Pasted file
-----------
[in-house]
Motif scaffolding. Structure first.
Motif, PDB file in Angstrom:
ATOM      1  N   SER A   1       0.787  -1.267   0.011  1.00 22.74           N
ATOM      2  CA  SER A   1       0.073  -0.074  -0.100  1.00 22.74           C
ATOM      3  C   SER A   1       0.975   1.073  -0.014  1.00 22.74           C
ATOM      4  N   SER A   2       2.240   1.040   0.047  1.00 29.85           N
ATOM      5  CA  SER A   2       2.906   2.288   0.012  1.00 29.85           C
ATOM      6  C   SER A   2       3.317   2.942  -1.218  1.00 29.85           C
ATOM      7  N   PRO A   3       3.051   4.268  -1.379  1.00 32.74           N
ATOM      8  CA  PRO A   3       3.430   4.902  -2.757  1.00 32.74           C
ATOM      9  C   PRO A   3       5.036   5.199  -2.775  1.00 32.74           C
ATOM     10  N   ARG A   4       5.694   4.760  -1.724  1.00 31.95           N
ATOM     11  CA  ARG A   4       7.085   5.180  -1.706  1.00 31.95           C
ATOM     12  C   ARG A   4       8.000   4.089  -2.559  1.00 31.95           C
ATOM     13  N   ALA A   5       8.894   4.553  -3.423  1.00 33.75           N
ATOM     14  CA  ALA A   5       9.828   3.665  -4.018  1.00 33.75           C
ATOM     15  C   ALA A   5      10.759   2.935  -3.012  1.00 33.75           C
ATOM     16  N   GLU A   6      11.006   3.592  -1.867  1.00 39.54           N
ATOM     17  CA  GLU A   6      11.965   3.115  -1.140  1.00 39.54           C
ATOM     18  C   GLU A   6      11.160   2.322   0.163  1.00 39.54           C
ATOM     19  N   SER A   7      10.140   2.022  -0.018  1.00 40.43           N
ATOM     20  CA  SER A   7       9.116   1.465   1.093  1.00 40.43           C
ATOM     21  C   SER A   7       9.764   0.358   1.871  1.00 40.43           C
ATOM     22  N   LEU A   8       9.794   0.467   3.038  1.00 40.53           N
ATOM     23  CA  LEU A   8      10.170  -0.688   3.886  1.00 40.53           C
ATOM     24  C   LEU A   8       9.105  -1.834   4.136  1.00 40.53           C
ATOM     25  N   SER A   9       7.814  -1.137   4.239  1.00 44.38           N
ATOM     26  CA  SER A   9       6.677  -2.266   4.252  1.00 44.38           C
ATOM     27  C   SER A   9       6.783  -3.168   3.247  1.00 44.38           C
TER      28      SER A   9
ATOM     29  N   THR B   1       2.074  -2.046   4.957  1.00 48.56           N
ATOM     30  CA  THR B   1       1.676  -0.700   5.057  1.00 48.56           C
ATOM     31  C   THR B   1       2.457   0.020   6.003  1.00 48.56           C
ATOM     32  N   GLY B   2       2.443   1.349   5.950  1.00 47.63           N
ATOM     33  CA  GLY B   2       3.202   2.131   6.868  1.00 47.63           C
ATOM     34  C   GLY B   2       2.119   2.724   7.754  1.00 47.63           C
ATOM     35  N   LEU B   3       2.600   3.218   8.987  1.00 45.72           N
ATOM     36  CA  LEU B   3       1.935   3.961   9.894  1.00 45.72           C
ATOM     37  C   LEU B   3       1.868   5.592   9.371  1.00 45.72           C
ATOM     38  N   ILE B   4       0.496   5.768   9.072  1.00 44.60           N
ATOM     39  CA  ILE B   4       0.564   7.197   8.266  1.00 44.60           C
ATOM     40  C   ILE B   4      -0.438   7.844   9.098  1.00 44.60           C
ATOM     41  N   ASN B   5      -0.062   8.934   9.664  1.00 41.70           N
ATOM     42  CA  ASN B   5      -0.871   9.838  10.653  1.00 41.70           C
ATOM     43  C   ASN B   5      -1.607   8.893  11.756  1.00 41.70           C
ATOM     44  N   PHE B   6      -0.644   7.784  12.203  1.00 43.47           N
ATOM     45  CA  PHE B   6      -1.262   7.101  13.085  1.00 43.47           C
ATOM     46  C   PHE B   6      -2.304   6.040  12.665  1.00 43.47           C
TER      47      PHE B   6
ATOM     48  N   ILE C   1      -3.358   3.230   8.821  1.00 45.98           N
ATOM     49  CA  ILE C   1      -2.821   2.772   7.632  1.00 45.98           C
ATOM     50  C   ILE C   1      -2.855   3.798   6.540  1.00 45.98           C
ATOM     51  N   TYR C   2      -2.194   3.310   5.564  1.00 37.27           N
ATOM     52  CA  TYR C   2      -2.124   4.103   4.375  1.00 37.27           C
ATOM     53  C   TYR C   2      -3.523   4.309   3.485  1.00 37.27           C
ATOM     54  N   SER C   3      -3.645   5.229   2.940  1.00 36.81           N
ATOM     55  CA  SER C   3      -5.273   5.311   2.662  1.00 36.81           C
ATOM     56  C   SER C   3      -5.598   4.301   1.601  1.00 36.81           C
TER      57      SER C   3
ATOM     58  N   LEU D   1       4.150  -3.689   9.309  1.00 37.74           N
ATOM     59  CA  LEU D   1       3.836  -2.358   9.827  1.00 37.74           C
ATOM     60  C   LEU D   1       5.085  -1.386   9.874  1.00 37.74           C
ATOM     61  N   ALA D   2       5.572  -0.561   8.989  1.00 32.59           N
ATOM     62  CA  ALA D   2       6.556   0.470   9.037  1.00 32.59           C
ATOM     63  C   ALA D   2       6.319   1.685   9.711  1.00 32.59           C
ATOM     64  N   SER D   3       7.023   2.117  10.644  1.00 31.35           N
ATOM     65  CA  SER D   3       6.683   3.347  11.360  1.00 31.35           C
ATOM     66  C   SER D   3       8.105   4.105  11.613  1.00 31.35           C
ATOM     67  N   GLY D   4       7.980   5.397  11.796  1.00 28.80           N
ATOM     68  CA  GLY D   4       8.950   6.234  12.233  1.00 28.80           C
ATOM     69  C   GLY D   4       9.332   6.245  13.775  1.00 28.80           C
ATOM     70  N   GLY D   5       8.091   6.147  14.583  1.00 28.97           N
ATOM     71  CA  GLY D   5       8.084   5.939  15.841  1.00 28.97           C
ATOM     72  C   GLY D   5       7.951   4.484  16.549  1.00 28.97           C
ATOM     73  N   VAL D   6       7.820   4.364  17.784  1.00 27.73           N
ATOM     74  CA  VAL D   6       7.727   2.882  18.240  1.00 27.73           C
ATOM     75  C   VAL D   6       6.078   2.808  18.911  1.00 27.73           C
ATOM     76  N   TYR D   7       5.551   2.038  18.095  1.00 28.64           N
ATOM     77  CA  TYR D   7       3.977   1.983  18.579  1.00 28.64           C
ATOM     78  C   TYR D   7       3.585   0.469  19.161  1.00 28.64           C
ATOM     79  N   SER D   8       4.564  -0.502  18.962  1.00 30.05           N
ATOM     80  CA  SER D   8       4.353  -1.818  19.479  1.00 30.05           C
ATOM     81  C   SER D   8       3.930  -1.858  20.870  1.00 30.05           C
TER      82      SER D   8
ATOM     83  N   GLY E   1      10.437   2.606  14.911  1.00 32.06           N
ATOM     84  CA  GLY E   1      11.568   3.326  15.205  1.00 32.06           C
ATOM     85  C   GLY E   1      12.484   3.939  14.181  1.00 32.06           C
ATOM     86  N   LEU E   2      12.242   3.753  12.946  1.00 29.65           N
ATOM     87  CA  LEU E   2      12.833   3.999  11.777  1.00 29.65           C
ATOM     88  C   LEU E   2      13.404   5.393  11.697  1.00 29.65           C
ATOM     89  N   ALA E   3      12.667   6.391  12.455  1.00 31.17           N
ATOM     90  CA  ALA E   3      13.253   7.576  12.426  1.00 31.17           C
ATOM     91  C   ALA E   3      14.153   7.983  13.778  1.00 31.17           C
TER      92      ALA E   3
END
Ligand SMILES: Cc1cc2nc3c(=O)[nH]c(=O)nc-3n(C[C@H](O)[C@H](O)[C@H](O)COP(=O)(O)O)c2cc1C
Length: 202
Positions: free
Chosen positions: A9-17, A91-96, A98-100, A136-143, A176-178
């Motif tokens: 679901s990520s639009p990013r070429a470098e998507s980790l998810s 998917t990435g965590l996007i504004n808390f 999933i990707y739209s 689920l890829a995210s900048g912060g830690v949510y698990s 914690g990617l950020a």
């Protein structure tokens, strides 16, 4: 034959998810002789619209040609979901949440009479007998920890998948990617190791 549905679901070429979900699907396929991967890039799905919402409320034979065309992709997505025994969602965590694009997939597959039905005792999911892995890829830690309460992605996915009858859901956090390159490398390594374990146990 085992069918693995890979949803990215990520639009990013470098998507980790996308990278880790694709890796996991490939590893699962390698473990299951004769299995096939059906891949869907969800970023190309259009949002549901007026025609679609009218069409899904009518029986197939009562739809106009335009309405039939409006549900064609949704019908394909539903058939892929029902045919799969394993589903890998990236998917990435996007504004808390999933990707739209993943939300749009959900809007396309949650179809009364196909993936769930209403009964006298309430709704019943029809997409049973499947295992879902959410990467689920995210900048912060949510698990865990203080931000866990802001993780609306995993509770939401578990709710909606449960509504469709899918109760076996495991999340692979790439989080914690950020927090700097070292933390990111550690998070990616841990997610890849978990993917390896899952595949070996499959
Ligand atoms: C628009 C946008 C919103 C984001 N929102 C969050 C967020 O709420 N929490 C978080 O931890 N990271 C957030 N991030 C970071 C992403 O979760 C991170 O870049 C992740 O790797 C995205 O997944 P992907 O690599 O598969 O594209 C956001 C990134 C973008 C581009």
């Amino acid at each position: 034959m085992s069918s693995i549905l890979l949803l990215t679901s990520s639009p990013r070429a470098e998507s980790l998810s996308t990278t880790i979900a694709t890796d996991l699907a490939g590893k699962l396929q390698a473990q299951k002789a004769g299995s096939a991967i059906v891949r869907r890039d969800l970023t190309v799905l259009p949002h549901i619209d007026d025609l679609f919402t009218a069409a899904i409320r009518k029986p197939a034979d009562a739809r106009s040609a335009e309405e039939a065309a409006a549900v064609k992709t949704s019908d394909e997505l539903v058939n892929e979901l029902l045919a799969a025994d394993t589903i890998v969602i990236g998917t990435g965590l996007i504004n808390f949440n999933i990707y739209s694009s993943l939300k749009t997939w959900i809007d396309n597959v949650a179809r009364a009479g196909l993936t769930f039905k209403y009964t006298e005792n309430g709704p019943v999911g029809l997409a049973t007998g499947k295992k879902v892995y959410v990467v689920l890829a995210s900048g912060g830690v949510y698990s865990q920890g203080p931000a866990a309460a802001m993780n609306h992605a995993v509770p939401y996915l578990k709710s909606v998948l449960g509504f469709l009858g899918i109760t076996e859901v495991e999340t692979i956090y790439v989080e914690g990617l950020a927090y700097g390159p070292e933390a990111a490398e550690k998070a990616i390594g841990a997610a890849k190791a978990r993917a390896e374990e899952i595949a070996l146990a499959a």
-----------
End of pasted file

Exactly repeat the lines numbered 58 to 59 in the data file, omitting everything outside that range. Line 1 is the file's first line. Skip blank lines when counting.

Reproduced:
ATOM     55  CA  SER C   3      -5.273   5.311   2.662  1.00 36.81           C
ATOM     56  C   SER C   3      -5.598   4.301   1.601  1.00 36.81           C